The White House—and the politerati diaspora — has just barely stopped reeling from author Michael Wolff's account of life in Trump's West Wing, "Fire and Fury: Inside the Trump White House," and now another life-in-the-White-House book is about to drop, this one from Kurtz. Like the books that came before it, and almost certainly like the ones still to come, Kurtz's book, "Media Madness: Donald Trump, the Press, and the War Over the Truth," offers a portrait of a White House riven by chaos, with aides scrambling to respond to the president's impulses and writing policy to fit his tweets, according to excerpts obtained by The Washington Post.
Among the book's revelations, per Parker:
Kurtz, who worked at The Post from 1981 to 2010, writes that Trump's aides even privately coined a term for Trump's behavior—"Defiance Disorder." The phrase refers to Trump's seeming compulsion to do whatever it is his advisers are most strongly urging against, leaving his team to handle the fallout.
Keep reading Parker's piece for a few more unsettling anecdotes.
In a separate article headlined "This new Trump book could do even more damage than Michael Wolff's. Here's why," the Post's Aaron Blake first throws shade at Wolff's book ("How much of his Trump tell-all is embellished or misrepresented is unclear and may never be known"), and then suggests that Kurtz—whose own track record for reliability he does not address—is a more damning messenger about White House dysfunction by virtue of his job and his previously expressed opinons. Blake writes,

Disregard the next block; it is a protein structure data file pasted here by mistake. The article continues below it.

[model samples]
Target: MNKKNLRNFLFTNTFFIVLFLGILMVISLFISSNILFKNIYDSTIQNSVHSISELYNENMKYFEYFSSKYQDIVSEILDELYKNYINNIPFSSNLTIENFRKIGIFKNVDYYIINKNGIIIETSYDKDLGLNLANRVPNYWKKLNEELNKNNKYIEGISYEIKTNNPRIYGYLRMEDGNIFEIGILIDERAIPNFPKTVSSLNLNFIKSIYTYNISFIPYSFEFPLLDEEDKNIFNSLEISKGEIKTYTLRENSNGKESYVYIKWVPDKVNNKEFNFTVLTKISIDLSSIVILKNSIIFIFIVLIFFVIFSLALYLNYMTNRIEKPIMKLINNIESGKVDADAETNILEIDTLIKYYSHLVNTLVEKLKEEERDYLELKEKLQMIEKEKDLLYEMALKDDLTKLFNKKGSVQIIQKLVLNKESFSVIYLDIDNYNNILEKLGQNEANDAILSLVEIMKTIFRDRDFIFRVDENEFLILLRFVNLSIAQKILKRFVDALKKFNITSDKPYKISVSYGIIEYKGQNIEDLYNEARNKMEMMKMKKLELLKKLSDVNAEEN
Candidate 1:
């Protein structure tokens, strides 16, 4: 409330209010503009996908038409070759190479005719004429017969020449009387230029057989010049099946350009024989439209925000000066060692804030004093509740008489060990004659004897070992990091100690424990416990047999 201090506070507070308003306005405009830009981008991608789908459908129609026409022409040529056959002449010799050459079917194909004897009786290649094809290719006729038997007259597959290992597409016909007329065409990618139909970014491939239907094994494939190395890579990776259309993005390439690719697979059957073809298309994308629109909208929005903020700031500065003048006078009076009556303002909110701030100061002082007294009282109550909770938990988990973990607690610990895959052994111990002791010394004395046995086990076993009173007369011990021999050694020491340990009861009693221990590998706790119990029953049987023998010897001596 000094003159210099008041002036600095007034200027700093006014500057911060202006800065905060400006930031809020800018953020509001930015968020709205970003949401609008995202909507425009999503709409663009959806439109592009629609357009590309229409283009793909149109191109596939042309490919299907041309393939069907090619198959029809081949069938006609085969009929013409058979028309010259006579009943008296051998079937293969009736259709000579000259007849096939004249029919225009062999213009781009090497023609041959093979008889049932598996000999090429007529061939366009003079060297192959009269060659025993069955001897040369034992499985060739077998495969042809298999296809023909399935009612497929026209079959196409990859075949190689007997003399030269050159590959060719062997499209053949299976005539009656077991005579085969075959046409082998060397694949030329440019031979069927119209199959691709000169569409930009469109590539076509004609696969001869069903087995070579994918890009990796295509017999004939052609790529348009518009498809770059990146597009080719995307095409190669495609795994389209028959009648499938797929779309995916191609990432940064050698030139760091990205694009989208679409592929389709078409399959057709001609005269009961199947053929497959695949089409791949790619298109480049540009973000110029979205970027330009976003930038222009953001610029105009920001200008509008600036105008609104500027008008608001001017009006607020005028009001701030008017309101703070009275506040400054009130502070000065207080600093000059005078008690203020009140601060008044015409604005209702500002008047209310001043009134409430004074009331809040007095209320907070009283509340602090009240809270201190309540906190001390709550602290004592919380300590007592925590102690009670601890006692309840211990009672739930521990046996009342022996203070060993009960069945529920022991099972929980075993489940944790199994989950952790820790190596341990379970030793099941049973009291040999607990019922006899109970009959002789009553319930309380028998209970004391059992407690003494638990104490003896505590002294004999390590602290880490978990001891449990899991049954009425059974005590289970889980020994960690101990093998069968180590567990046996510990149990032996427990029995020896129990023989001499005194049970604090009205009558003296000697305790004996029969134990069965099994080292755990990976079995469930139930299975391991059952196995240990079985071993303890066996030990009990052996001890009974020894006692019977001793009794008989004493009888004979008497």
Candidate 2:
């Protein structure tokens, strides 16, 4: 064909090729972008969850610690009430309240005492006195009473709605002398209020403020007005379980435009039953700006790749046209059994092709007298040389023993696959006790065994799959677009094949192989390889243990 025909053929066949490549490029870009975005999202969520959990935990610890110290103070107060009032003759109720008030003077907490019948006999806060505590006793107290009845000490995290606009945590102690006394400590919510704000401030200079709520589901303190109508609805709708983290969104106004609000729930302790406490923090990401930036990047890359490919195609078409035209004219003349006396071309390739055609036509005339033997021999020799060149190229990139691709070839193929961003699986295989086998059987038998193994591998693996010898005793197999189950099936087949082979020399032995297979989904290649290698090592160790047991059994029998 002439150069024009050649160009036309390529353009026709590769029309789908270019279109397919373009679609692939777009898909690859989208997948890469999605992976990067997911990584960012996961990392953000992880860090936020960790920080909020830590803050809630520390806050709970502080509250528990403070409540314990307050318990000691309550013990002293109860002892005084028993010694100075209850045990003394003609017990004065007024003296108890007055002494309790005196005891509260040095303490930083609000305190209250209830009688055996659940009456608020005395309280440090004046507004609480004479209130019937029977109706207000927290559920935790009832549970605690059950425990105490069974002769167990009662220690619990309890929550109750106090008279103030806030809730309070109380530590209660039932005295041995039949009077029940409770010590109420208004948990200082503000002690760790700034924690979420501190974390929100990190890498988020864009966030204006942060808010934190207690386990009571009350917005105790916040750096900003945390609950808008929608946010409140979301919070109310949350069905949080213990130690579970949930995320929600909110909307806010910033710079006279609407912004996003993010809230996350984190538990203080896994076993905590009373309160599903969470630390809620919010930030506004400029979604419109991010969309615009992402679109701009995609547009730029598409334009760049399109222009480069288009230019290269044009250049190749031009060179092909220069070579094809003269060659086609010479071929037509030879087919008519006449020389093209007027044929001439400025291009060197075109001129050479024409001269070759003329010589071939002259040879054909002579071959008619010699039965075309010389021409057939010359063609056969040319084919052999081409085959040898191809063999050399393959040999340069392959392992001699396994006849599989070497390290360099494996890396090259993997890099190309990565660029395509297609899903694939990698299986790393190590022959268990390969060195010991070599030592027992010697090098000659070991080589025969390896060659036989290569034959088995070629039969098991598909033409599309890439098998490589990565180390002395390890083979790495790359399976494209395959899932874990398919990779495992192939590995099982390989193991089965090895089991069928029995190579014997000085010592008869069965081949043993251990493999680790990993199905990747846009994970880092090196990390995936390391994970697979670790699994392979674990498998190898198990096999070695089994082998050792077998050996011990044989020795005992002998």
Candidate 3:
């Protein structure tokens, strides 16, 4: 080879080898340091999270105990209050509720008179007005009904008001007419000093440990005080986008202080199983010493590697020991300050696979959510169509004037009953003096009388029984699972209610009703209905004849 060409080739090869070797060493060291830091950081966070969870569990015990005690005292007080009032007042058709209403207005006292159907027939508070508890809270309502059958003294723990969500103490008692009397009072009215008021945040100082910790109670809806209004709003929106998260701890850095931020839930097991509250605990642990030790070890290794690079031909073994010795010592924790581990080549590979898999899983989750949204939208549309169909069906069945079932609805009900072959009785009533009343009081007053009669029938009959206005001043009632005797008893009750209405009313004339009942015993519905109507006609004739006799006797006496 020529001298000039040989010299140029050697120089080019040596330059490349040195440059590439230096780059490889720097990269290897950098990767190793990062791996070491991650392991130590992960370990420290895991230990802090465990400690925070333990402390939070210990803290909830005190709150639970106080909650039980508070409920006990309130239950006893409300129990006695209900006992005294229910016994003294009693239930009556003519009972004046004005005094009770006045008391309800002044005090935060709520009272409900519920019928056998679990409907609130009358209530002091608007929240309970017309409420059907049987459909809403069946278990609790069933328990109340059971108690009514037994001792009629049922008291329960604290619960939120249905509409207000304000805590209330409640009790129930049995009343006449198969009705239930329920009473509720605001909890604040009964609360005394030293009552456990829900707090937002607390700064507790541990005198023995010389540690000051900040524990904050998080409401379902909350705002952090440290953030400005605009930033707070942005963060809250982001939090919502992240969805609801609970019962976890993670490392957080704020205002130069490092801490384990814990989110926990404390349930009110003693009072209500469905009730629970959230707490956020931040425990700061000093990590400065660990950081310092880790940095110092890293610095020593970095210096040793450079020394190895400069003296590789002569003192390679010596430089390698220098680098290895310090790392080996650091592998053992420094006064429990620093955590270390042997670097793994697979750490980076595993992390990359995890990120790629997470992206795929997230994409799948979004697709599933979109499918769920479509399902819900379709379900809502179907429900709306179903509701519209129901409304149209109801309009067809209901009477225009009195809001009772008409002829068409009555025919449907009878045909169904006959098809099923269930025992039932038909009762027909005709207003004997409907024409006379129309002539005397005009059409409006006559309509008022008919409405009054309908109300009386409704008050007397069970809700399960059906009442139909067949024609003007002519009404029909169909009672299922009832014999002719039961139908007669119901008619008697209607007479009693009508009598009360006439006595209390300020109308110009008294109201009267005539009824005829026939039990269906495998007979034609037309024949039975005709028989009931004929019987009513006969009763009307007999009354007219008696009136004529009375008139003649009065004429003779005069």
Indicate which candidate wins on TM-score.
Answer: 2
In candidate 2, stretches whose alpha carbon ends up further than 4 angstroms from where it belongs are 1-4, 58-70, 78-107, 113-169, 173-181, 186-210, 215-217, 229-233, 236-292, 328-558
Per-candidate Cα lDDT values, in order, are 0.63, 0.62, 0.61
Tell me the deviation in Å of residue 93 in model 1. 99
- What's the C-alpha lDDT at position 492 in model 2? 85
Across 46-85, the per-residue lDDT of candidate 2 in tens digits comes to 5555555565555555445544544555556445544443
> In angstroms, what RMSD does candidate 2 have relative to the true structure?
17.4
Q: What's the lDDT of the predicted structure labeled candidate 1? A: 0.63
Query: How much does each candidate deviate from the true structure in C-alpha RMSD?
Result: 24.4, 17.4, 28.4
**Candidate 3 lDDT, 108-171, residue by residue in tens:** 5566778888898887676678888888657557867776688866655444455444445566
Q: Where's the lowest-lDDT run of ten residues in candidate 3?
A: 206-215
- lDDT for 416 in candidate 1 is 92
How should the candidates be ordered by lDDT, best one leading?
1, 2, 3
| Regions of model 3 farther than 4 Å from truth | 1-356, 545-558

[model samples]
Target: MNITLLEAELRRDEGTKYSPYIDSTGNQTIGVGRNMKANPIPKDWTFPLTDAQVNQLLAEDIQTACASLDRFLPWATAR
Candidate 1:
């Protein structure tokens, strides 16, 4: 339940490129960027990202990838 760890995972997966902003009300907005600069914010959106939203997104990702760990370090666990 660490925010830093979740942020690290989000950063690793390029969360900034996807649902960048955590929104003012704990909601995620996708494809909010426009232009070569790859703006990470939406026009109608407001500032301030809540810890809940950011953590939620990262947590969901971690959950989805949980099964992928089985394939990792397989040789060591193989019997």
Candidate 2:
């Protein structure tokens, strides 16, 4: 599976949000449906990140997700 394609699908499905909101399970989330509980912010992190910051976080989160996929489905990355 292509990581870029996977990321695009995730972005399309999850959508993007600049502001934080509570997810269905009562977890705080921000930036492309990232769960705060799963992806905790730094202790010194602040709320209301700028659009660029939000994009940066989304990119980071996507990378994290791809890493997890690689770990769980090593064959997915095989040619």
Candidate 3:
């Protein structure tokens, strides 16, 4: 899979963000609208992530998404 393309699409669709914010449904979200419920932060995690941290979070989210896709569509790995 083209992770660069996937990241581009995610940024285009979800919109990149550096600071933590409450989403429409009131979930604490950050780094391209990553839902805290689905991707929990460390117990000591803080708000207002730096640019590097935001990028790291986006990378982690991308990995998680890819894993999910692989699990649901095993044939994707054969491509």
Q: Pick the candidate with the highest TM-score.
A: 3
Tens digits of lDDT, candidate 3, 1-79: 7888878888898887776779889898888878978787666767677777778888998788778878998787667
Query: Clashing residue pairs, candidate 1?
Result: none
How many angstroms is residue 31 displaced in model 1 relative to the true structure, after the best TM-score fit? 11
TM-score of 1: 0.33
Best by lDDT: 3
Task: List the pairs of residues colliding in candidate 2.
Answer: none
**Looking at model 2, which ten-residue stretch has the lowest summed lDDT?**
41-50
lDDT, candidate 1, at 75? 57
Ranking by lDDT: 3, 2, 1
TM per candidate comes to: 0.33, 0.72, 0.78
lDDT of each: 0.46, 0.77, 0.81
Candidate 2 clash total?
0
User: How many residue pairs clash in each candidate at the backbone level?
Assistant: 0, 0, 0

Kurtz is a Fox News host who has regularly offered a skeptical take on the media's treatment of Trump. No, he's not Sean Hannity, but he has shown a willingness to question the overarching narrative that Wolff's book sold—and which Kurtz's book now seems to confirm, at least to some degree. A sampling: Kurtz has said that the media are too negative toward Trump and that reporters are too snarky on Twitter. He compared what he considered a quick avalanche of negative Trump coverage during the campaign to a "mob hit." He wrote a column last month arguing that journalistic mistakes had allowed Trump to "shred the media's credibility." He has defended Trump's Twitter attacks—even ones viewed as being sexist or advocating violence—as responses to the "battering" the president has taken.
Keep in mind that Blake says he hasn't yet read the book—he's only read his colleague's summary of excerpts of the book. And the book's own promotional language seems to suggest that it's more likely to slam the mainstream media than cast the Trump White House in a bad light:
Bestselling author Howard Kurtz, host of Fox News's Media Buzz and former Washington Post columnist, offers a stunning exposé of how supposedly objective journalists, alarmed by Trump's success, have moved into the opposing camp. Kurtz's exclusive, in-depth, behind-the-scenes interviews with reporters, anchors, and insiders within the Trump White House reveal the unprecedented hostility between the media and the president they cover.